Two day old, male Thoroughbred, Equus caballus, equine.The colt presented at 9 hours of age with a history of premature placental separation at birth. Severe respiratory disease developed whilst the colt was hospitalized and worsened despite mechanical ventilation

Gross Description:  

The lungs are heavy and edematous, and mottled red purple. The most cranioventral portions have numerous air filled pockets under the pleura. Scattered on the pleural surface and also on cut section are multiple white, less than 3mm diameter, foci (figure 1). The pericardium is expanded by edema. The capsular surface and parenchyma of the liver contain randomly disseminated pinpoint to less that 3mm diameter white-gray foci (figure 1). The cortex of the adrenal glands contains scattered hemorrhagic foci. 

Histopathologic Description:

Within the lung, there is extensive necrosis of the respiratory epithelium, predominantly affecting bronchioles but also bronchi and terminal airways. Sloughed cells admixed with necrotic debris and inflammatory cells accumulate within the lumens. Both necrotic cells and viable epithelium contain eosinophilic nuclear inclusion bodies that peripheralize the chromatin (Cowdry type A), and there is formation of epithelial syncytia. Extending into alveoli (which are often necrotic) are accumulations of fibrin, neutrophils and macrophages. Type II pneumocytes are hyperplastic. Interlobular septa are edematous and contain an infiltrate of macrophages and neutrophils. 

Scattered randomly within the adrenal cortex are areas of congestion, hemorrhage and necrosis. Immediately adjacent to the cytoclastic debris are cells that contain eosinophilic nuclear inclusion bodies that peripheralize the chromatin.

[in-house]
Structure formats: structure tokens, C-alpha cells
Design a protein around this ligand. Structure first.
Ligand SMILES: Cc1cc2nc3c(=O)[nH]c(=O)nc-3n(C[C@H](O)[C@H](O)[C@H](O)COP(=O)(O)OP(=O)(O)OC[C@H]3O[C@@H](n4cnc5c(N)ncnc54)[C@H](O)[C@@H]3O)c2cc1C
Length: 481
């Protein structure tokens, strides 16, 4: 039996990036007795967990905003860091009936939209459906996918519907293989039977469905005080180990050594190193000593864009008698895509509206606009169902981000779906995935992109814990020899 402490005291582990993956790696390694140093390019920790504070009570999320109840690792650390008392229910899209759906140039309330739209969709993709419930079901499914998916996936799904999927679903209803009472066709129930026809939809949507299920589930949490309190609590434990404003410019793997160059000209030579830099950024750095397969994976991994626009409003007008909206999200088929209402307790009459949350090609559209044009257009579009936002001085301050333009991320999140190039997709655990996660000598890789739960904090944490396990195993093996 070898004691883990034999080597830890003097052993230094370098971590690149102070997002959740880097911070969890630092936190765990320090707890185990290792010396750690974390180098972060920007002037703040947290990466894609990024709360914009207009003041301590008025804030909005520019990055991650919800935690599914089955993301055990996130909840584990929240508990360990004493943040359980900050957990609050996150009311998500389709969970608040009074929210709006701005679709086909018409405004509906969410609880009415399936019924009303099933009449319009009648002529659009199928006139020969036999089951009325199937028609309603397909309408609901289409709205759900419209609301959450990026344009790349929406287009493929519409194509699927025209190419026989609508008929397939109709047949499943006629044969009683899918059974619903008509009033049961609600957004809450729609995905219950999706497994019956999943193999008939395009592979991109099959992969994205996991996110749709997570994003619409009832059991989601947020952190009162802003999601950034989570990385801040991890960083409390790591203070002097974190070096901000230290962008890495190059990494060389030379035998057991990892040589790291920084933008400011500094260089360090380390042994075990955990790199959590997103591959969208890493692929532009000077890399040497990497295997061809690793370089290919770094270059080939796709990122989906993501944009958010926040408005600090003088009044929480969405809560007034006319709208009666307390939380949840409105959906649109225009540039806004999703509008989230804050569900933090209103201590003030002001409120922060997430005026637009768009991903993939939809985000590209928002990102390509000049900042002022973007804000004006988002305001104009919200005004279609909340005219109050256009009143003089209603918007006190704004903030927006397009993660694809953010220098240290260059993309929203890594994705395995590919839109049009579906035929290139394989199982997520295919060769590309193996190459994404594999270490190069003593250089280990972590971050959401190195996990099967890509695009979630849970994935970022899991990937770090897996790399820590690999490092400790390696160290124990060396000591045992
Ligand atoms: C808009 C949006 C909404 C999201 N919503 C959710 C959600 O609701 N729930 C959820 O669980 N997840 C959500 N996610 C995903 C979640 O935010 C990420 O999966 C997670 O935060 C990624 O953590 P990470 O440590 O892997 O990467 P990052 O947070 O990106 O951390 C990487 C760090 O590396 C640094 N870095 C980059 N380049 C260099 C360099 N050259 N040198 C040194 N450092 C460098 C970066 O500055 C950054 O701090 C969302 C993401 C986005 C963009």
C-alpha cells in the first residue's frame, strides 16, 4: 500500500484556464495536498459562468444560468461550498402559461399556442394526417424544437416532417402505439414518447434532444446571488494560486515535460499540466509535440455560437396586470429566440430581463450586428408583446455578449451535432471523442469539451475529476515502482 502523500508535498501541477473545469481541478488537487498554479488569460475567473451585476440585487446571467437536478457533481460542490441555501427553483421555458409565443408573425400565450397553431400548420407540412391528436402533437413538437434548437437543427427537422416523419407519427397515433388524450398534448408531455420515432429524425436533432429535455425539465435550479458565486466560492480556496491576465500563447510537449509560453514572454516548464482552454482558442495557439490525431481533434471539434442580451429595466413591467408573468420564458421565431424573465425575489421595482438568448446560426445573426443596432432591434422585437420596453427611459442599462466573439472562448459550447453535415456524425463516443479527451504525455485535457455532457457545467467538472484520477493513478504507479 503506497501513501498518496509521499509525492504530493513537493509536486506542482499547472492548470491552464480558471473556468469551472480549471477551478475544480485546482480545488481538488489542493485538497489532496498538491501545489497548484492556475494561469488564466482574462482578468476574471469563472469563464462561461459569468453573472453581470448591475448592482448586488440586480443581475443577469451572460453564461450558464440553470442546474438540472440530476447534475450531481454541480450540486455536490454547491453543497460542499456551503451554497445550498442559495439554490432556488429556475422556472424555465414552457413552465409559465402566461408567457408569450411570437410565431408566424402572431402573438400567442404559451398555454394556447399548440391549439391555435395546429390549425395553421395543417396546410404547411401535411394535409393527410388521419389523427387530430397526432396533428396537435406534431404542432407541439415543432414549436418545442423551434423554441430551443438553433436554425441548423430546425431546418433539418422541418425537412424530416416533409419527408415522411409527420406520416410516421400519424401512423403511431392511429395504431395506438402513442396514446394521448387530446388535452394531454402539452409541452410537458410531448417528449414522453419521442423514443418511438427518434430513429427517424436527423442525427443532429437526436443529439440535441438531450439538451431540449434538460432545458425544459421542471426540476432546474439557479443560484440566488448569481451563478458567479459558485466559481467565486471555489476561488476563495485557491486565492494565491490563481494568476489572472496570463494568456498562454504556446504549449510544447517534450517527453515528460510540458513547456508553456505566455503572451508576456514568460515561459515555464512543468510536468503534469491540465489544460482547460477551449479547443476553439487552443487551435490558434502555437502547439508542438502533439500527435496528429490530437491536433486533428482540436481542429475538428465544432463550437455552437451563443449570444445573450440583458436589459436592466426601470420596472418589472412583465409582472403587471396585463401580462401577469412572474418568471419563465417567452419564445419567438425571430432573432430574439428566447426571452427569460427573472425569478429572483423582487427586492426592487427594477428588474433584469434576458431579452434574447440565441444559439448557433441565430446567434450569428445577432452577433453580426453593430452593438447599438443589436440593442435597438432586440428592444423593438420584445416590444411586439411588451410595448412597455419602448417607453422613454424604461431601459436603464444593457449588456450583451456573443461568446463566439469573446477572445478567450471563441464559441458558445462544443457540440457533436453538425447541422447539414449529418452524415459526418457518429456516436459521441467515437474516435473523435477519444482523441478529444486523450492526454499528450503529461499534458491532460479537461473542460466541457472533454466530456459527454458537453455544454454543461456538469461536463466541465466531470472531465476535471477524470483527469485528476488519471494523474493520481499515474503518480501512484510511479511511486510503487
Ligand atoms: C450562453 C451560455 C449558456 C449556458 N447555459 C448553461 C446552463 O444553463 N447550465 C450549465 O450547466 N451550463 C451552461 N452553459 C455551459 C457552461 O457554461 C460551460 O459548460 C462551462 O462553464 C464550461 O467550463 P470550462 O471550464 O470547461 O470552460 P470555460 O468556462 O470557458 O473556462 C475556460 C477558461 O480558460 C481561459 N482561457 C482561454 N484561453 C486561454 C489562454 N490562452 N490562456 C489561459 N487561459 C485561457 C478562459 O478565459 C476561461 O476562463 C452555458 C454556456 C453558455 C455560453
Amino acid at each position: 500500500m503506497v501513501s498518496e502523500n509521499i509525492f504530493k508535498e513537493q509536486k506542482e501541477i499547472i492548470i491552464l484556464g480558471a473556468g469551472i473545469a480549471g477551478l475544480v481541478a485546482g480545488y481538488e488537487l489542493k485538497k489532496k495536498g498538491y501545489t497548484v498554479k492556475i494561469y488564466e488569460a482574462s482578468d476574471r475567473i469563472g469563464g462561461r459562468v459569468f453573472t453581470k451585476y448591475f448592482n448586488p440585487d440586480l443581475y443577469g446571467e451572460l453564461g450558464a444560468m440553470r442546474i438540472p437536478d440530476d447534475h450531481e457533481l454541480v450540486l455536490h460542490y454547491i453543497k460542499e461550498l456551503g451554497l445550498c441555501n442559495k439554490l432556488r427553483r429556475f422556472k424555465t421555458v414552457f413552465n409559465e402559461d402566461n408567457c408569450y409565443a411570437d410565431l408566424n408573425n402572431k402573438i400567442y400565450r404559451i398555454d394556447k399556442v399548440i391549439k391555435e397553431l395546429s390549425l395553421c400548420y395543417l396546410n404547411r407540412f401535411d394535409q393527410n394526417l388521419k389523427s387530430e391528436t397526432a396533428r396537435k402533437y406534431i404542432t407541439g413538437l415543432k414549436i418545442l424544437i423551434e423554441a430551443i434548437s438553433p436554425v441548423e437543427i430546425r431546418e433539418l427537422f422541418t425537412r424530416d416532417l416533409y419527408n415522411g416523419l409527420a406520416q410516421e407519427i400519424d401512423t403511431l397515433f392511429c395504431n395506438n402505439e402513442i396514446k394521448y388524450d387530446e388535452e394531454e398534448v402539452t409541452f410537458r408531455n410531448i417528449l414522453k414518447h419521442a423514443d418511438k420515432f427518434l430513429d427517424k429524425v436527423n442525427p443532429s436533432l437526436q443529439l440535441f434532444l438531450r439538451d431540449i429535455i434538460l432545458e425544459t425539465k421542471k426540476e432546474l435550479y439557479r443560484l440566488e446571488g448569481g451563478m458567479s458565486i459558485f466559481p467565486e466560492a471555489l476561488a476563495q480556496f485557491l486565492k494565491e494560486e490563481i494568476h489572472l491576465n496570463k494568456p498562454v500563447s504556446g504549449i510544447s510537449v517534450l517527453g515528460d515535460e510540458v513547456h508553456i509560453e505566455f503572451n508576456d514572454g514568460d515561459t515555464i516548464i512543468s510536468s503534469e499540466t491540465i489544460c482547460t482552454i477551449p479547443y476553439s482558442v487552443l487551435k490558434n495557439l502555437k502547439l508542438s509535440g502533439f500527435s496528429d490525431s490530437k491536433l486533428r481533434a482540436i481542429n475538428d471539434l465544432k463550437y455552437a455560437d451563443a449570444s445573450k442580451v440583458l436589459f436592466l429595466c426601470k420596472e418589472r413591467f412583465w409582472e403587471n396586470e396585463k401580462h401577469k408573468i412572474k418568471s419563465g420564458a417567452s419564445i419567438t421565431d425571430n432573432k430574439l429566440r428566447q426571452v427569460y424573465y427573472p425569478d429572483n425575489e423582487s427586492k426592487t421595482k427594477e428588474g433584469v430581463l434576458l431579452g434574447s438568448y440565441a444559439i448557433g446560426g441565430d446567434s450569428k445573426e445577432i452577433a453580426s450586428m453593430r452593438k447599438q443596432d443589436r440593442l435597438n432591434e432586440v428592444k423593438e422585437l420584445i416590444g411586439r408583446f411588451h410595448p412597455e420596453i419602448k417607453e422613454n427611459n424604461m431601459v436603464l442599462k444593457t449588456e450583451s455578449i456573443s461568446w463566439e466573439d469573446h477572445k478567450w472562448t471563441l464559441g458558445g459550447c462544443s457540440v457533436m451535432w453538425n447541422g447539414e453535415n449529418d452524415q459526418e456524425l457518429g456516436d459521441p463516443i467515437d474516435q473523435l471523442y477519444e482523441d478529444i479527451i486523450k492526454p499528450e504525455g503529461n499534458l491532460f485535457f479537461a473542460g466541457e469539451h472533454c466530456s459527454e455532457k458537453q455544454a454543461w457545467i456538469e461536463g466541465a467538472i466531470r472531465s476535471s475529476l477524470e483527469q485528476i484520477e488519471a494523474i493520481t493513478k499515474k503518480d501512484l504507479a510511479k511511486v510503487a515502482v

Equine herpesvirus 1 (EHV-1) antigen was detected by immunohistochemisty within the nucleus and cytoplasm of several epithelial cells and leukocytes in the lung (figure 2) and adrenal gland (figure 3). Appropriate positive and negative controls were used and examined and worked accordingly.

Morphologic Diagnosis:  

Lung: bronchointerstitial pneumonia, necrotizing, acute, diffuse, severe with eosinophilic nuclear inclusion bodies and epithelial syncytia.
Adrenal gland: adrenalitis, necrotizing, acute, multifocal, moderate with eosinophilic nuclear inclusion bodies.

Lab Results:  

Virus isolation performed on lung, liver, kidney, spleen and thymus was positive for EHV-1 and negative for EVA. FA performed for EHV-1 antigens on lung and liver was also positive, and EVA FA was negative. Aerobic culture of the lung produced no growth. Leptospira was not detected in the lung, liver, spleen and kidney by FA. 


Equine herpesvirus-1

Contributor Comment:  

Equine herpes virus 1 is an alphaherpes virus, responsible for causing abortion, perinatal foal mortality, respiratory disease and neurologic disease in horses7. Due to its direct effect on breeding and performance, and also through interference with horse movement, EHV-1 is of major economic and welfare importance in horse related industries throughout the world3. Pregnant mares exposed to infection abort three weeks to four months after exposure to infection. Abortion occurs anytime after five months gestation, but more commonly from nine months to term. Foals may be born alive, as in this case, but death occurs within a few days4,11.